Arcanum Sanctum - Ad Astra
Self released
Progressive Melodic Death Metal
8 songs (32'24")
Release year: 2020
Reviewed by Alex

I could make this review fairly short. Another Arcanum Sanctum album, another Latin name, another 30+ min of quality melodic death music. If I stopped here, you may probably get an idea, but I would be unfair, both to the band and to a few readers who sample my writings. The reason Ad Astra needs a lot more detailed explanation, if you are familiar with Fidus Achates or Veritas Odium Parit, two earlier albums by this band from Russian Far East, it is a very different experience.

Perhaps beginning both opening tracks with thoughtful acoustic intros could serve as a giveaway, but it seems that Arcanum Sanctum has undergone a transformation. Aggressive melodic death/thrash of Fidus Achates started being more introspective on Veritas Odium Parit with the band now completing their makeover to progressive melodic death metal. Whatever reminded me of Children of Bodom a decade ago, now sounds a lot more like Dark Tranquillity, Lothlorien or Lahmia. Perhaps the band’s favorite subject, science fiction, prompted them to move into this direction, but the whole half hour has a feeling of space exploration and bold human adventure.

Wanderers in Space, with its acoustic, and then bass line and guitar lead, is a launch pad, fitting with the subject matter and fantastic cover art. What follows the rest of the way is definitely not breakneck riffing, but instead intricate melodic weave (Pack Rat). Out is a lot of aggression and in is a lot of depth. You can call compositions like Pack Rat and Down to Earth dark and introspective, but they are definitely not gloomy, and in fact somewhat hopeful in spirit. The title track is stately, beautifully melodic, expansive and dreamy, yet also positive in its disposition. I suppose you have to have a modicum (or even more than that) of optimism in order to embark on cosmic voyages. Some aggression does return in Solaris and final Under the Alien Sky, yet closing church organ of Solaris and final astral dream with moody keys in Under the Alien Sky temper things again. You can detect some Dark Tranquillity similarities in piano touches and rhythmic riffing variations of A Perfect Place (to Hide) and darker double bass moments of Down to Earh, but never is Ad Astra a copycat or formulaic. The music is obviously of very personal character for the band and it shows that they are deeply invested.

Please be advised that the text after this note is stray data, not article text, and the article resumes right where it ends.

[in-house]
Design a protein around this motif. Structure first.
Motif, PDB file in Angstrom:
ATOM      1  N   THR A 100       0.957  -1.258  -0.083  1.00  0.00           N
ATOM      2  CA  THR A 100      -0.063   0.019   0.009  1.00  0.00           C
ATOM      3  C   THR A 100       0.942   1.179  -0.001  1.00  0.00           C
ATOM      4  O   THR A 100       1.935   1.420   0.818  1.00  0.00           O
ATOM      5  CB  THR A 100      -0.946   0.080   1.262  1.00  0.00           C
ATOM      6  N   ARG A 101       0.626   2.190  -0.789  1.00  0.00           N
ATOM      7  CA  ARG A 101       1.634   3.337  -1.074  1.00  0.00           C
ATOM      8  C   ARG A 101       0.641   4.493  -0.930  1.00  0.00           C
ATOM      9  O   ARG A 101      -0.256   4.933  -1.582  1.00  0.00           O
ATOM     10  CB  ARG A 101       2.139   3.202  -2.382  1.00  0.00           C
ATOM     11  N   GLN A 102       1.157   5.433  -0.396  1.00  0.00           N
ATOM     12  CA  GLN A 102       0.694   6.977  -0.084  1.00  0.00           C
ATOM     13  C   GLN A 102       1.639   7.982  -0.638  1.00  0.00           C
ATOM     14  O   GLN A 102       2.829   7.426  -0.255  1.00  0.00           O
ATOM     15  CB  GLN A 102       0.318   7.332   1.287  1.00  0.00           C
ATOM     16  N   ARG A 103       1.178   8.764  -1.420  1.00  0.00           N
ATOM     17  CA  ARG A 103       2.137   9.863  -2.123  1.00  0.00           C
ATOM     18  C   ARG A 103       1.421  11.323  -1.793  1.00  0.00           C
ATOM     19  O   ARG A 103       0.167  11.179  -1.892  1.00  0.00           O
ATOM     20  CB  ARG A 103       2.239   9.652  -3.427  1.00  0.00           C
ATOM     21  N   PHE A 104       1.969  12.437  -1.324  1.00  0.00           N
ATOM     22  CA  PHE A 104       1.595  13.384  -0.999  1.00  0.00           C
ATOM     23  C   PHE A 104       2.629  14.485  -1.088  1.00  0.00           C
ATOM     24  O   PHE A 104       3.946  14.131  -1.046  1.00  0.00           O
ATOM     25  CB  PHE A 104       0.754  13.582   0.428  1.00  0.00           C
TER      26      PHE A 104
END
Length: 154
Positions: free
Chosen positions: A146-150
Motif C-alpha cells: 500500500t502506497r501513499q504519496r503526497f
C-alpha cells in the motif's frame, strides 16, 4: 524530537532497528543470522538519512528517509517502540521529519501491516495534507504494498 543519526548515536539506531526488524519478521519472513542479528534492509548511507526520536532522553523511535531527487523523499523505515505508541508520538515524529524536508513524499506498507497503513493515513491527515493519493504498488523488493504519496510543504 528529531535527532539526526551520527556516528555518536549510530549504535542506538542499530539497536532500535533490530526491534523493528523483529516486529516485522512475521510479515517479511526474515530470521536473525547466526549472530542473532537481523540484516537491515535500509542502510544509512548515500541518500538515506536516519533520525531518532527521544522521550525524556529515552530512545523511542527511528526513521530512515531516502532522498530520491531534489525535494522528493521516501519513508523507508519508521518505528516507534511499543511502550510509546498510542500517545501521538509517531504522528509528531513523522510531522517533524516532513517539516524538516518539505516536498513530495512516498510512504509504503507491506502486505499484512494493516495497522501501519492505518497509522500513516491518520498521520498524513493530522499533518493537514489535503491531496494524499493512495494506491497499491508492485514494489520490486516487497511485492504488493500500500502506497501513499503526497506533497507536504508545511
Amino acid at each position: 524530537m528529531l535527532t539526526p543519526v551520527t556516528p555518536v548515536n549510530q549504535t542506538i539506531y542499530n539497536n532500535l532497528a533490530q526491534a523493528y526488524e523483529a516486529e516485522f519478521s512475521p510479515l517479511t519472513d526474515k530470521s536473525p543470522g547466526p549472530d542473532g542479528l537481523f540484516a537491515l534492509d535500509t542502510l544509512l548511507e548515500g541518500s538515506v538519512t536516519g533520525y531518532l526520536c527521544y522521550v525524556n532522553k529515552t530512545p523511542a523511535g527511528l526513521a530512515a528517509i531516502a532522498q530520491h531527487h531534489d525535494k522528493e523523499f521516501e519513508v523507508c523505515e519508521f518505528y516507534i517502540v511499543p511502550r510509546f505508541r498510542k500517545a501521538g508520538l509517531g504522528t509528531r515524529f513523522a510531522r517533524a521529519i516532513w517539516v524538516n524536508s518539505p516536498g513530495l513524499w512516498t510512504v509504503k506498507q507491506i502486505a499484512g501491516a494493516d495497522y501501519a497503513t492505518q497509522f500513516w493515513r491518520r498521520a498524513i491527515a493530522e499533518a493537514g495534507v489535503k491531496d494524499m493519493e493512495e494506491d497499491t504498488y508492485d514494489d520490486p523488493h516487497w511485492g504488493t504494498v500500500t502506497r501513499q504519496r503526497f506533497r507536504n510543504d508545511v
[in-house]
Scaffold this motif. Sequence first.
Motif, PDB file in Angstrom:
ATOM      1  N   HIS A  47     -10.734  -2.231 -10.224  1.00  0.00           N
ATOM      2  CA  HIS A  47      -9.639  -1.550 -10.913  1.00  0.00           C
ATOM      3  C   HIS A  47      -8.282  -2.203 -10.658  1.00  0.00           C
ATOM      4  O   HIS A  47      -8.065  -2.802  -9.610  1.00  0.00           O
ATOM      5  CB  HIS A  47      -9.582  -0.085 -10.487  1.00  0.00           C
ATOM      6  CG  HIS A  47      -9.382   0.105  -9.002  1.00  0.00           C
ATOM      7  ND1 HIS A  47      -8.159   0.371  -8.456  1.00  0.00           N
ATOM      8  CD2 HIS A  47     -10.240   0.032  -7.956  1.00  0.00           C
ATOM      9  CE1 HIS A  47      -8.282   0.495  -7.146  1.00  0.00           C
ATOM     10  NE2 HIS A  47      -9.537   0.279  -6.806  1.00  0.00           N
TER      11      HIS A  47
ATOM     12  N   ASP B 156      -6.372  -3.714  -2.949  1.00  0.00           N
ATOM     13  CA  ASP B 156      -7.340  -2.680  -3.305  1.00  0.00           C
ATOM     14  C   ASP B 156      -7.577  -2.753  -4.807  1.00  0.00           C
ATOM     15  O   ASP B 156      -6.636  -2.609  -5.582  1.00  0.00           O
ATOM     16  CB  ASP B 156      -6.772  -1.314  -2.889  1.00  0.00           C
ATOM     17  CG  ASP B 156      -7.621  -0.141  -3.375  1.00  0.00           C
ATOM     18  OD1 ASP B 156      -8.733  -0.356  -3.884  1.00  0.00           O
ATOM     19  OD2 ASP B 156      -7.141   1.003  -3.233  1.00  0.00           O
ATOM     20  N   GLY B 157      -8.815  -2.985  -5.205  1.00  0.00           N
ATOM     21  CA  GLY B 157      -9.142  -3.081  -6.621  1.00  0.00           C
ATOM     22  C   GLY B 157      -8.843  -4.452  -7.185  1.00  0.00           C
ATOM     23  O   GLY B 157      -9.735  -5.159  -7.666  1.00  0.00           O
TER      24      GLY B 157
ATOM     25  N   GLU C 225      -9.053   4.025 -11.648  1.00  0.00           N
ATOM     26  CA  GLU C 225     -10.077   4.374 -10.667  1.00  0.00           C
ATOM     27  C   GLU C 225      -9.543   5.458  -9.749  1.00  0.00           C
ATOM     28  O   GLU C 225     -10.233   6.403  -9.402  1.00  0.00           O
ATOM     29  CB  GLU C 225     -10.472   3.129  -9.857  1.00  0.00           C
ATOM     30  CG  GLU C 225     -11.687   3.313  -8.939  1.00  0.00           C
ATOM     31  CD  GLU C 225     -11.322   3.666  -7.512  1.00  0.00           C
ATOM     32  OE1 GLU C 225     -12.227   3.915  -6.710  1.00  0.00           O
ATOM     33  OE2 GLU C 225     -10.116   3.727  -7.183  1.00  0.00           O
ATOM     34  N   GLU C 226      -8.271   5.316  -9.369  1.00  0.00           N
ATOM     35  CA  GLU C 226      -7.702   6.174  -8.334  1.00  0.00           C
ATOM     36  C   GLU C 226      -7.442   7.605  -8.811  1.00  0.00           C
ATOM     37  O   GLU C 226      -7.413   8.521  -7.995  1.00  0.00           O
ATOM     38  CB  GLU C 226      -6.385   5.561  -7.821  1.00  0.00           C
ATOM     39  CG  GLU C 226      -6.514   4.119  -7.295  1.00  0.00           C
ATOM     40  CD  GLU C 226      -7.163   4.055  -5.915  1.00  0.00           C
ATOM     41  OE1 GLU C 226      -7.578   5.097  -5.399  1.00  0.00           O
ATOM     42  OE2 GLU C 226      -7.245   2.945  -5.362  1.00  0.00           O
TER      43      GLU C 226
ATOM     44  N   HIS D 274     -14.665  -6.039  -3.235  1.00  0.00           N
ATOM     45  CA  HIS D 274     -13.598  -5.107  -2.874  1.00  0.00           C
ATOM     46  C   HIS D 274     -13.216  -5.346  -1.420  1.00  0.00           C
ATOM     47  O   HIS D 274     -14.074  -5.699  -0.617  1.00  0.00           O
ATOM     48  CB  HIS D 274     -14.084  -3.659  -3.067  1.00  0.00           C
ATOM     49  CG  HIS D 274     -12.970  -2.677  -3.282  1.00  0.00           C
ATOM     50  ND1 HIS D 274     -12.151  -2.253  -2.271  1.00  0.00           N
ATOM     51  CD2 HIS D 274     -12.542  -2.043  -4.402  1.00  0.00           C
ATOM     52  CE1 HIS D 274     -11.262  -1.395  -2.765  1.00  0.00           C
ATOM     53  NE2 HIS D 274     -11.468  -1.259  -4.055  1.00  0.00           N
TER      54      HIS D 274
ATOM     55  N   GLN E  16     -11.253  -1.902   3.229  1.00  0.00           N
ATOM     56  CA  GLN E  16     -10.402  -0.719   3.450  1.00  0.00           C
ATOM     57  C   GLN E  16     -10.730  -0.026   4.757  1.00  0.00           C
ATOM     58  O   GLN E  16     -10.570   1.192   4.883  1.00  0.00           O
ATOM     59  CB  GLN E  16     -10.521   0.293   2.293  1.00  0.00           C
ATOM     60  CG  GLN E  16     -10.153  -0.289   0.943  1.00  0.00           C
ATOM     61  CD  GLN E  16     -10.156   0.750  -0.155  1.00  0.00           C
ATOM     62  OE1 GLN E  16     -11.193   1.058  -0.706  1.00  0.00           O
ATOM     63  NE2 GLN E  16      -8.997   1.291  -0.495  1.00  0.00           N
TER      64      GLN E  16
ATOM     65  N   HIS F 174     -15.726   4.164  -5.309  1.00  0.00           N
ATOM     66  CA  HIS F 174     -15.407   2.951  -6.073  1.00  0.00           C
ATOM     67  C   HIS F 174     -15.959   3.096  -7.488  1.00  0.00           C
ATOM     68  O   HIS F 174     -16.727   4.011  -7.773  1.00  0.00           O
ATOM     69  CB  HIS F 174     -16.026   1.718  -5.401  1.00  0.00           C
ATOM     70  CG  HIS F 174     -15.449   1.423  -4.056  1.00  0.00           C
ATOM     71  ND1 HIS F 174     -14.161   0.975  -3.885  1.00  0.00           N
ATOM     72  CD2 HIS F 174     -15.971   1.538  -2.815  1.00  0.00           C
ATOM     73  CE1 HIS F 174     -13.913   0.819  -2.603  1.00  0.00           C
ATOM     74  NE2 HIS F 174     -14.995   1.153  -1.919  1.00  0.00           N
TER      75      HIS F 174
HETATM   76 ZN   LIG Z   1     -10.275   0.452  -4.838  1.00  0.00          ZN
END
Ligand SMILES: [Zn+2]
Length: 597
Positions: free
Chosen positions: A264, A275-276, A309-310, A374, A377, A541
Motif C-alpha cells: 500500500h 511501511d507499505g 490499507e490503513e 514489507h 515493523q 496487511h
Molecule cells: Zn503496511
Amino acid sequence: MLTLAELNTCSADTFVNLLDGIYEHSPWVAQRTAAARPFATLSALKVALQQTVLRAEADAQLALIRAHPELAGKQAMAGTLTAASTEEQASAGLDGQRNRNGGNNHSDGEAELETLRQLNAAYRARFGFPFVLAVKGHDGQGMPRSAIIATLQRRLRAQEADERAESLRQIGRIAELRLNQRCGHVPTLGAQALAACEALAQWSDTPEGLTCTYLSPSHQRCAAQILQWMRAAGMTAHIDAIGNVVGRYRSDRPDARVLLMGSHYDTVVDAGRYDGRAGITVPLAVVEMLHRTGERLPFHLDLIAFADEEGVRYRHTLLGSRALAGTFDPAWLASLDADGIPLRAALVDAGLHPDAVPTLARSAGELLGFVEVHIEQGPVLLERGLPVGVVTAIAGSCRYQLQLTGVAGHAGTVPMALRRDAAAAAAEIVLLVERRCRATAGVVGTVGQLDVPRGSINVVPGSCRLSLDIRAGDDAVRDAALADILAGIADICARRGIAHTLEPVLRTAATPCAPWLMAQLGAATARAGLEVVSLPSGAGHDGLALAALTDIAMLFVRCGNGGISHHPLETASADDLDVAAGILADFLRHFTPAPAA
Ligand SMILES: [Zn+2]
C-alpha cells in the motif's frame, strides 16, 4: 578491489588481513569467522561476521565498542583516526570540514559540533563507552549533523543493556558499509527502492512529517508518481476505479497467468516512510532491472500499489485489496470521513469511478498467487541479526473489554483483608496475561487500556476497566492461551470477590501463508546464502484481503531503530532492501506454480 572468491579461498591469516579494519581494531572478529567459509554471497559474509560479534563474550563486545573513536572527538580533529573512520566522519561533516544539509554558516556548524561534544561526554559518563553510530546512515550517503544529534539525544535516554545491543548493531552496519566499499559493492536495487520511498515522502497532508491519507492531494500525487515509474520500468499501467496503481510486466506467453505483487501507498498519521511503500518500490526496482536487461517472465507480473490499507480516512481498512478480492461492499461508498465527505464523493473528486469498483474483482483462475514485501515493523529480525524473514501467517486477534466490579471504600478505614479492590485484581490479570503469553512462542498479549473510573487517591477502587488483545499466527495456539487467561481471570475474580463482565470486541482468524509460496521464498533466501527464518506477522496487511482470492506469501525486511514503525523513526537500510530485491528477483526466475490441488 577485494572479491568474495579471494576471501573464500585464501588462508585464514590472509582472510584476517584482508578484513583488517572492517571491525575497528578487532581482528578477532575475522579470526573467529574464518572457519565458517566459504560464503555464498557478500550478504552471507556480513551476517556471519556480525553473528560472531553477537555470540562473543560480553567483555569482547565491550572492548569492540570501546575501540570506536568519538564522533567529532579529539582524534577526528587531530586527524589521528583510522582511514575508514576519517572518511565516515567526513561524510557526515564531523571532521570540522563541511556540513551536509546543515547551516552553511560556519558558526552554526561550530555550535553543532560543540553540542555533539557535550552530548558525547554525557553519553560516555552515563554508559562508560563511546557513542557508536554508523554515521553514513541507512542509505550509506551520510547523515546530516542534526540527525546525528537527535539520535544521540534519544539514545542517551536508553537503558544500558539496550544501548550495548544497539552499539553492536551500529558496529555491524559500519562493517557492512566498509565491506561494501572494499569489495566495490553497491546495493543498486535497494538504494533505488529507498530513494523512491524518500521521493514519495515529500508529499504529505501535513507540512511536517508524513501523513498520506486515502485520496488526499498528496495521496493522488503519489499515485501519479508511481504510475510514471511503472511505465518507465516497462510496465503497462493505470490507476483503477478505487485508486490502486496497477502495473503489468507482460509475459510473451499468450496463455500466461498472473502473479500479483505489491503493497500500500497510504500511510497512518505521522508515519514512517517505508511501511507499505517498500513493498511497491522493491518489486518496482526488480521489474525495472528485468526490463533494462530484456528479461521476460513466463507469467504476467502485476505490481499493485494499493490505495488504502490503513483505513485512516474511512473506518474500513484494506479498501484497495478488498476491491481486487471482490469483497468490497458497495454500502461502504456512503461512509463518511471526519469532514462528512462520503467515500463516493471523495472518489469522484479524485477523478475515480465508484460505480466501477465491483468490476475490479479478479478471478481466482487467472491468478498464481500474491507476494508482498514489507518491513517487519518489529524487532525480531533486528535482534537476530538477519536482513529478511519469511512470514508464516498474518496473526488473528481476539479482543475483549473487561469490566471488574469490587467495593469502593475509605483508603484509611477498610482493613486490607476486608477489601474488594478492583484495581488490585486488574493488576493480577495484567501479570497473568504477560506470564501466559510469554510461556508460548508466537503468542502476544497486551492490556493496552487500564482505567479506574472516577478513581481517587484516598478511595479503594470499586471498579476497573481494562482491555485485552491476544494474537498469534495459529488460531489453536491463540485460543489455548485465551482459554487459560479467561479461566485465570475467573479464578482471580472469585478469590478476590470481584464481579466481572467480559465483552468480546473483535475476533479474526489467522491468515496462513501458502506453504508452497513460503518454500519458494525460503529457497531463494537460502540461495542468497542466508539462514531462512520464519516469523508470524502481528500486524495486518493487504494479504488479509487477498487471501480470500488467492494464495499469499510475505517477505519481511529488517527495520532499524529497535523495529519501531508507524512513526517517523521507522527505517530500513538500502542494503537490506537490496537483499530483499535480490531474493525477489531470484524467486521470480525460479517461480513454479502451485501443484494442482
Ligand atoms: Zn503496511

Another big change in Arcanum Sanctum delivery is vocals. There is double layered deep throaty and a bit higher in register extreme vocals, but it is grounded, powerful and rather legible. Vadim Nalivaiko, the band’s guitarist and mastermind, has apparently relinquished his leading role, which was mostly drowning onto himself Alexi Laiho-like barks. Perhaps he is a backing vocalist now, whereas Ivan Beschastny is now more established, more experienced Arcanum Sanctum leading man. In his interpretation the cleaner opening of Down to Earth makes the song sound almost like a Sentenced moment.

You can call Ad Astra a maturation moment for the band, or a significant direction switch, but it is very obvious the album swung for completely different fences, the mood heretofore not detected (by me anyway) on previous Arcanum Sanctum albums. I enjoyed Ad Astra quite a bit, and wished it was longer. Yet it is Arcanum Sanctum, so proceedings tend to be succinct and to the point.

Killing Songs :
Pack Rat, Ad Astra, A Perfect Place (to Hide)
Alex quoted 88 / 100
Other albums by Arcanum Sanctum that we have reviewed:
Arcanum Sanctum - Veritas Odium Parit reviewed by Alex and quoted 85 / 100
Arcanum Sanctum - Fidus Achates reviewed by Alex and quoted 85 / 100
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